Devyn Springer reflects that as a Black person in the United States, Palestinian cynicism towards Israeli elections feels all too familiar. “So-called important national elections seem to always be at the expense of my community’s existing oppression,” Springer writes.
The Museum of the Palestinian People in Washington DC exhibits Palestinians from refugee camps, Israel, Gaza, the U.S. and Canada. “Having the museum open was not something easy to be done, especially with financial challenges and starting a space in DC, collecting items to exhibit. It takes courage to do that,” says museum curator Nada Odeh.
The issue of political prisoners resonates internationally, and are yet another key linkage between the movement for Palestinian’s rights and others. Devyn Springer writes that It is no coincidence, then, that many of the biggest non-Palestinian voices of solidarity are themselves former political prisoners, as well as prison abolitionists.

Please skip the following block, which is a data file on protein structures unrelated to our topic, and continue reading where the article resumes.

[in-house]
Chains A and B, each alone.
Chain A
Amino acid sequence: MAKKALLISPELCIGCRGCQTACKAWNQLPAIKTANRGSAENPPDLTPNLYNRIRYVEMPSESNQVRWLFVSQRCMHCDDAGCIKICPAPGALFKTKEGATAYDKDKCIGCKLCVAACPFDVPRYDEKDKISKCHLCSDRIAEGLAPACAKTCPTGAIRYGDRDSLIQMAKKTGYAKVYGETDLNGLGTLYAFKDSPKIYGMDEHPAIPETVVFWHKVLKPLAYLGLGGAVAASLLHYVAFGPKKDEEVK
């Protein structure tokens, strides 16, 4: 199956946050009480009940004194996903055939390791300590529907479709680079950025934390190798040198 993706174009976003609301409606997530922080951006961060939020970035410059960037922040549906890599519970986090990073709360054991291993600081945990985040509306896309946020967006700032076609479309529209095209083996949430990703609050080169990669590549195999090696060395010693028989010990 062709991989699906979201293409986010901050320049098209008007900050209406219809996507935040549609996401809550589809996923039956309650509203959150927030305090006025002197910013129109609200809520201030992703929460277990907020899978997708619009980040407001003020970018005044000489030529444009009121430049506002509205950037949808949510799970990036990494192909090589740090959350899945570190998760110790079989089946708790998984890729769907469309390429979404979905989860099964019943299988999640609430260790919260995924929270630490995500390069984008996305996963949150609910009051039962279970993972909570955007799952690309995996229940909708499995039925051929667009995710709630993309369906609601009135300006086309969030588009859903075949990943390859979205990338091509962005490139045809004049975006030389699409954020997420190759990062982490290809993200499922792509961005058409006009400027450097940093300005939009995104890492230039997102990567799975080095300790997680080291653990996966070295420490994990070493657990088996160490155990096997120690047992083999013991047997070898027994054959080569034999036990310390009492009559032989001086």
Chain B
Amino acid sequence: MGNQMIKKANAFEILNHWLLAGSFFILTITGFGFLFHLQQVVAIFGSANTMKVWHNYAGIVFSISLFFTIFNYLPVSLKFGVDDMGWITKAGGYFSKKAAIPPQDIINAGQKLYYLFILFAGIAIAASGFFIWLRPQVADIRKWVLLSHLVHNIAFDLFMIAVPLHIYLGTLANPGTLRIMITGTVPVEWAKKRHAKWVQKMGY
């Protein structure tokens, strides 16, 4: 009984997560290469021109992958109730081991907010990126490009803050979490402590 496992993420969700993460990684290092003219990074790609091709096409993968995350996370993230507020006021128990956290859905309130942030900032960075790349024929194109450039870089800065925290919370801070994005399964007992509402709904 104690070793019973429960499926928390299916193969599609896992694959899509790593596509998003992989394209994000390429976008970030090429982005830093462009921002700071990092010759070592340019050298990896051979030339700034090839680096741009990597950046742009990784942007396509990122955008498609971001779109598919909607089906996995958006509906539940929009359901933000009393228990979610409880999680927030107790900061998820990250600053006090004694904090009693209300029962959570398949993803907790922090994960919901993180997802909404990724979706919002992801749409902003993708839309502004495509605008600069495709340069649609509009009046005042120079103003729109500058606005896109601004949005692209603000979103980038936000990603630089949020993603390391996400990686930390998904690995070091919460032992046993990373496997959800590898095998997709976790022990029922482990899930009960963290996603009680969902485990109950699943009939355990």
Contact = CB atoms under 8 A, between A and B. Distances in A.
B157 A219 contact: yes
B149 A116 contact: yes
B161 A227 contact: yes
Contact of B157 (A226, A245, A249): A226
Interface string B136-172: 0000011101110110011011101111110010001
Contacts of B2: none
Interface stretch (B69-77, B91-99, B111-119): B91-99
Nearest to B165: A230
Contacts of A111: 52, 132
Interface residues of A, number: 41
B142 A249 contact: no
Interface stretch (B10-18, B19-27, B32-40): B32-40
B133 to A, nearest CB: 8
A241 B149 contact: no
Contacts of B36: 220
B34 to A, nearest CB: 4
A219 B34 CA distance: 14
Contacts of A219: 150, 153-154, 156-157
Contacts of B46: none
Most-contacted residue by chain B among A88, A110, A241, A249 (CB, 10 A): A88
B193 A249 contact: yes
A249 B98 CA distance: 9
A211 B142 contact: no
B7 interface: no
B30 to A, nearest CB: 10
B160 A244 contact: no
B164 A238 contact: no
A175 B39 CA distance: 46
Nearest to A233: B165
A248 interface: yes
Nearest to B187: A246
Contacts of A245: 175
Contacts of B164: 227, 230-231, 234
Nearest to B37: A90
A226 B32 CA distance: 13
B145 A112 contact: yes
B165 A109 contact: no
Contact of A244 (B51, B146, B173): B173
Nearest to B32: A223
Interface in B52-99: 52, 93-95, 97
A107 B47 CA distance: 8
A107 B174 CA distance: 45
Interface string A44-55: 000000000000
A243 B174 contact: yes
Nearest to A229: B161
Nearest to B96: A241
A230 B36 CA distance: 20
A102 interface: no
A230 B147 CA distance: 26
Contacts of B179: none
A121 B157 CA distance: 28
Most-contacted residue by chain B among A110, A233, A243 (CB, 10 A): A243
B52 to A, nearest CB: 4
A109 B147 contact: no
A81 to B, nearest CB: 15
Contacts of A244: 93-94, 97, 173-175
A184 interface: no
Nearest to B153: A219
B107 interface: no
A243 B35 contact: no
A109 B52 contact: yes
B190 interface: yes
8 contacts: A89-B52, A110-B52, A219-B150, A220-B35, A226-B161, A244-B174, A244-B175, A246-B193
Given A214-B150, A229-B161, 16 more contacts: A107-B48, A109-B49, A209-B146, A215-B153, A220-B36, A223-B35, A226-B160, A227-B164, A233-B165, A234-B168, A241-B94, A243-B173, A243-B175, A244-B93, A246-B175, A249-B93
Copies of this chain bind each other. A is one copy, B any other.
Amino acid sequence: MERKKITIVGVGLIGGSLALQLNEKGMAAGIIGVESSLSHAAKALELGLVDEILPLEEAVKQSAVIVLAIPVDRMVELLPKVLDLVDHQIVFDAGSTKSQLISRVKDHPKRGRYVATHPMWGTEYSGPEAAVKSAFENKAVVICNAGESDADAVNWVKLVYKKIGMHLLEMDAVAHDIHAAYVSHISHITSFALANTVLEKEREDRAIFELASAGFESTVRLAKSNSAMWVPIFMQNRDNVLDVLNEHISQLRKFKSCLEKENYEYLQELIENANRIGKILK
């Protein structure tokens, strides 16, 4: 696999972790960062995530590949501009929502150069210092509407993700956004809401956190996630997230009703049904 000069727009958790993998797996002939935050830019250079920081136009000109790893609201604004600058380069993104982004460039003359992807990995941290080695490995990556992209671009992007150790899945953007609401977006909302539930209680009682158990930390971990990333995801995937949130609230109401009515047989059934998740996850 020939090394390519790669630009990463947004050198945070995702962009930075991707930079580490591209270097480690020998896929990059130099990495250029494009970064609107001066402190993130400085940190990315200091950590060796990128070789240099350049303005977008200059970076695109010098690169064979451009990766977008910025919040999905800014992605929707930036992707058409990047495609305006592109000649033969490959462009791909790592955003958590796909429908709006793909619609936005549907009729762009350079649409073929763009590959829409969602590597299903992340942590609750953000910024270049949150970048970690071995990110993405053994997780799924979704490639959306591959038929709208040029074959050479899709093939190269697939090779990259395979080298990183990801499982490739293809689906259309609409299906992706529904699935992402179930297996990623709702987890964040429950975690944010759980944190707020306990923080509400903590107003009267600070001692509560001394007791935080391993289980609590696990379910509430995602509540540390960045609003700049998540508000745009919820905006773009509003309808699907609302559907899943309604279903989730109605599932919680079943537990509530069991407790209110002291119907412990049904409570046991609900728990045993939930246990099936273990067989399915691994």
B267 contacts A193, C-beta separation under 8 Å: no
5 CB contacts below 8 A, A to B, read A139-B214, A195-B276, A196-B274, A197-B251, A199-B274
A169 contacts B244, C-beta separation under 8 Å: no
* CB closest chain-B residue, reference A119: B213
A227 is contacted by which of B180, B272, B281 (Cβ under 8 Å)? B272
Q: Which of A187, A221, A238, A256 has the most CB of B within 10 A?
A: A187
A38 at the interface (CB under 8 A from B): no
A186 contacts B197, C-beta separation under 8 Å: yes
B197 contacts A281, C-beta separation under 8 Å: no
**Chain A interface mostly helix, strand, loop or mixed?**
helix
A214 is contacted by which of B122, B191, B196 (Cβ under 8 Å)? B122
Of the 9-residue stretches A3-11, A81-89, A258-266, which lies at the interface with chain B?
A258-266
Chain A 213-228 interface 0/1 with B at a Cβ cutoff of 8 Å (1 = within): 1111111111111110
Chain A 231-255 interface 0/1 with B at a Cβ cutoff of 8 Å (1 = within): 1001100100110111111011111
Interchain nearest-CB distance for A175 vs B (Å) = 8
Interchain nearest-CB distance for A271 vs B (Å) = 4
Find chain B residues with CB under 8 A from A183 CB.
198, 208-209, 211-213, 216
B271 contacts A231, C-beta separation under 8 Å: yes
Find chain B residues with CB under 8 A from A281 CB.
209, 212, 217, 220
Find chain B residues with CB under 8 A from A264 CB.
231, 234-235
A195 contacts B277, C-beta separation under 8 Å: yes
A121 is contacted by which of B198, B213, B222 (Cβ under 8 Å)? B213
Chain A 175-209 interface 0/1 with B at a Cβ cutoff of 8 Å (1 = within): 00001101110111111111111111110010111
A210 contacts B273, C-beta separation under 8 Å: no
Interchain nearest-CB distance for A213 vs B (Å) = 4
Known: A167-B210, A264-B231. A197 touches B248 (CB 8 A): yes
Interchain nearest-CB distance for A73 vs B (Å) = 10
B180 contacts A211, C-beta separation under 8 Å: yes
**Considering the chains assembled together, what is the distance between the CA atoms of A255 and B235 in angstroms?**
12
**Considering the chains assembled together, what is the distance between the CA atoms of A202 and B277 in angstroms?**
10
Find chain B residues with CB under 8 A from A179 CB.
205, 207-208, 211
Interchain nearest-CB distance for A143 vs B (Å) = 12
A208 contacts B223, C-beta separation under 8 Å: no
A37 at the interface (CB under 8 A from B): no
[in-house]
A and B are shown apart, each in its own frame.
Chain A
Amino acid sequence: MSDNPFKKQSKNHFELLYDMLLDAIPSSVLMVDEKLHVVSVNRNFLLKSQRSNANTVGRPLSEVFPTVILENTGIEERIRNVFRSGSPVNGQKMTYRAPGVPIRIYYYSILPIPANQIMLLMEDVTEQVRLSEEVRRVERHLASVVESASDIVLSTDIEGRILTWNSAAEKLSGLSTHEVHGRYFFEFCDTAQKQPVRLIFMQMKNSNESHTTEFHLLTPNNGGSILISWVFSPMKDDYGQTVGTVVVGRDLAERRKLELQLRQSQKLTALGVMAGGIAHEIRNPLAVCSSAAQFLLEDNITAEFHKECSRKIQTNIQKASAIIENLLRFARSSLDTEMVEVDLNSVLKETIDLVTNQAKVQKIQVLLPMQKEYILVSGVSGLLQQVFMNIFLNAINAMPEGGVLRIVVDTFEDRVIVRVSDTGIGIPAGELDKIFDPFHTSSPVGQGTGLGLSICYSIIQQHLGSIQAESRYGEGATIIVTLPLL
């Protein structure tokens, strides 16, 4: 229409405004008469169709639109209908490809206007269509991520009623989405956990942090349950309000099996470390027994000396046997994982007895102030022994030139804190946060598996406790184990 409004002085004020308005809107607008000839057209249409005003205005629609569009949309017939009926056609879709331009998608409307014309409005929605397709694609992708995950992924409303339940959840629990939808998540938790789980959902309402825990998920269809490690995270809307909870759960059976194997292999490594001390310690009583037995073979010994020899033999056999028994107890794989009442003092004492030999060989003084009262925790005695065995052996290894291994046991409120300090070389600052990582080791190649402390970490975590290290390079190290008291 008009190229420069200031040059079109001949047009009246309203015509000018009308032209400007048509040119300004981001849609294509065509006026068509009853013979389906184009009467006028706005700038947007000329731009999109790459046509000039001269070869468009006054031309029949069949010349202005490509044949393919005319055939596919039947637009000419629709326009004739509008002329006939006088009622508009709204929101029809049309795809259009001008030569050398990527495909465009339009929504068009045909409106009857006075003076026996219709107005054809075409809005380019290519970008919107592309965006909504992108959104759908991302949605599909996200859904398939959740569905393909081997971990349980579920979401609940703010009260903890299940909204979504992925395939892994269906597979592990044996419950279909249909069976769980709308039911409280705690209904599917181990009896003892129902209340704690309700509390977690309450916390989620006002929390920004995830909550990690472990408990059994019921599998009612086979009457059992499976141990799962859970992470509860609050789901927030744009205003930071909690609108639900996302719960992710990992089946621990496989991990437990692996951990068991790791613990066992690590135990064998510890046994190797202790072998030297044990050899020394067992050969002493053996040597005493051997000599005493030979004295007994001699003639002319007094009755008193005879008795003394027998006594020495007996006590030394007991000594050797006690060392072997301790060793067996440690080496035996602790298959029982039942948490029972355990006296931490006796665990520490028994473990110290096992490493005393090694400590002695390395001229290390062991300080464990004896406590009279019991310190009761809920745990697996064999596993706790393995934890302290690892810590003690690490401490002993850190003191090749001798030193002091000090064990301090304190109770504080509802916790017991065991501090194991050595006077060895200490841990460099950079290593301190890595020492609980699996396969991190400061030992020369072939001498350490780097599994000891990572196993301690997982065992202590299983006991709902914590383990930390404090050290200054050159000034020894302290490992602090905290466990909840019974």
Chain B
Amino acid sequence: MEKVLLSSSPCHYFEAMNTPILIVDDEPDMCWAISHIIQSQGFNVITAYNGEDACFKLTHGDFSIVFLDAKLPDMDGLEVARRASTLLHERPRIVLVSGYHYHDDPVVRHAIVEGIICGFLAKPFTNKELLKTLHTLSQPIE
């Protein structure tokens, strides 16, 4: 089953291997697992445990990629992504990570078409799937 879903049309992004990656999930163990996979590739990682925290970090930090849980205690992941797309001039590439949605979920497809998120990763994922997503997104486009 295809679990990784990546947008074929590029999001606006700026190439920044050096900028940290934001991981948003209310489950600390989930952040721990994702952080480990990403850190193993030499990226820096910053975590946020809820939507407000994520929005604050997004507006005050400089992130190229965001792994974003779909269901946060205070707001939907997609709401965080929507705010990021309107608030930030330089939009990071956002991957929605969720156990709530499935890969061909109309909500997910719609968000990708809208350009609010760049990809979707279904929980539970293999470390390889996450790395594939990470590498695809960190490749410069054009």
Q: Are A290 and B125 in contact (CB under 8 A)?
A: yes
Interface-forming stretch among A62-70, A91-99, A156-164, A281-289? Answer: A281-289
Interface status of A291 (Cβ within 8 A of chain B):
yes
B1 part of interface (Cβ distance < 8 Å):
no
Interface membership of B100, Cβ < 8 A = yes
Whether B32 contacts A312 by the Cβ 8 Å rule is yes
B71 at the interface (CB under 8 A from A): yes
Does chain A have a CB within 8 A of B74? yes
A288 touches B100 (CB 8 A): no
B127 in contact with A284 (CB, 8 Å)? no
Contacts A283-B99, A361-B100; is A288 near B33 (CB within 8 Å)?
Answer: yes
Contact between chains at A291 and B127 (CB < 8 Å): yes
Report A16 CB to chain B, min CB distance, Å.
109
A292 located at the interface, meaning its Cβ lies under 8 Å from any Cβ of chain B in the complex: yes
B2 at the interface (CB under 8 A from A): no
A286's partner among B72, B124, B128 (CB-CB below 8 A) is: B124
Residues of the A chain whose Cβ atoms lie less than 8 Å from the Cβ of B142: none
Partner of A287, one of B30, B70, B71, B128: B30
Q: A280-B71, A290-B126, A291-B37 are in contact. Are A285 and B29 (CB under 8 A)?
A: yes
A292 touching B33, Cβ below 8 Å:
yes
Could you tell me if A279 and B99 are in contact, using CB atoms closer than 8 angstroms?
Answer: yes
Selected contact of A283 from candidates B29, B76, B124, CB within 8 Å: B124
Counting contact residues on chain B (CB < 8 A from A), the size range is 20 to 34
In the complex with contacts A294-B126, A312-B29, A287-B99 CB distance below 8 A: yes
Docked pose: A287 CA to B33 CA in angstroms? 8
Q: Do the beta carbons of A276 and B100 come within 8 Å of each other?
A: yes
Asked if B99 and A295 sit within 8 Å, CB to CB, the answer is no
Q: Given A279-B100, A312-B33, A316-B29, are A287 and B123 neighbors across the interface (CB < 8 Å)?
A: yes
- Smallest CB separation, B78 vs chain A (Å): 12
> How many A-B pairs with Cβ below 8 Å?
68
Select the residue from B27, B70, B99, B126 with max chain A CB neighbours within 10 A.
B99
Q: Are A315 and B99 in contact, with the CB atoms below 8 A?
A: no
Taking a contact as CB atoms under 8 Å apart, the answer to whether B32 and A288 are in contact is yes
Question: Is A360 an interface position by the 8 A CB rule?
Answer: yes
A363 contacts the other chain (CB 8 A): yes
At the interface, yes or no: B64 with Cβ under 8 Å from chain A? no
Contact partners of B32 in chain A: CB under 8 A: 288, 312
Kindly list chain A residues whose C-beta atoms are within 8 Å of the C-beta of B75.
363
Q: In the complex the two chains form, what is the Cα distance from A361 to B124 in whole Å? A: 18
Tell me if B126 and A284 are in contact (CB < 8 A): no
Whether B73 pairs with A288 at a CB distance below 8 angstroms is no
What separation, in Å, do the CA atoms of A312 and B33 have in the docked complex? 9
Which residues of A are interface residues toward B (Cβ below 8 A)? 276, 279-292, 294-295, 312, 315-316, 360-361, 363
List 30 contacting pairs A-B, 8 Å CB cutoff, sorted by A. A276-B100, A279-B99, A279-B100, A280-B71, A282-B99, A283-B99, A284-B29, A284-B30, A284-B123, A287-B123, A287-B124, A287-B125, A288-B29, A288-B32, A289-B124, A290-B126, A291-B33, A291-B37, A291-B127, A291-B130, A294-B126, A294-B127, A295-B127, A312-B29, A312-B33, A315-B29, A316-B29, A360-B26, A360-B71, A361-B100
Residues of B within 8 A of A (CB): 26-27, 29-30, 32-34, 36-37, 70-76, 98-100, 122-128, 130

Devyn Springer reflects on the legacy of Black activists in the South organizing in solidarity with Palestinians: “No, solidarity organizing for Palestinians is not contained to the South. In fact, this organizing likely occurs across the country at varying rates probably higher in other places. However, the South has a legacy that cannot be ignored in this fight; one that is being reckoned with, actualized, and drawn upon as political and emotional spectacle to form its new movement for Palestine.”
Devyn Springer says there is a clear pattern to how pro-Israel supporters attempt to discredit Black advocates for Palestine: “whether it is local rabbis blasting Black Lives Matter activists as ‘ignorant’ for including support of BDS in their demands, Zionist white feminists attacking the women’s movement for standing against Zionism, or the coded language against Alice Walker and NFL players that assumes they simply ‘don’t know what they’re talking about.’ The pattern is the use of anti-Black rhetoric and, in turn, anti-Blackness in whole, to perpetuate the assumption of Black ignorance to silence and belittle Black BDS advocates.”
“The solidarity between Black and Palestinian people internationally is rooted in a profound historical framework, one of shared struggles and collective identities that push us to challenge notions of international solidarity,” writes activist and writer Devyn Springer.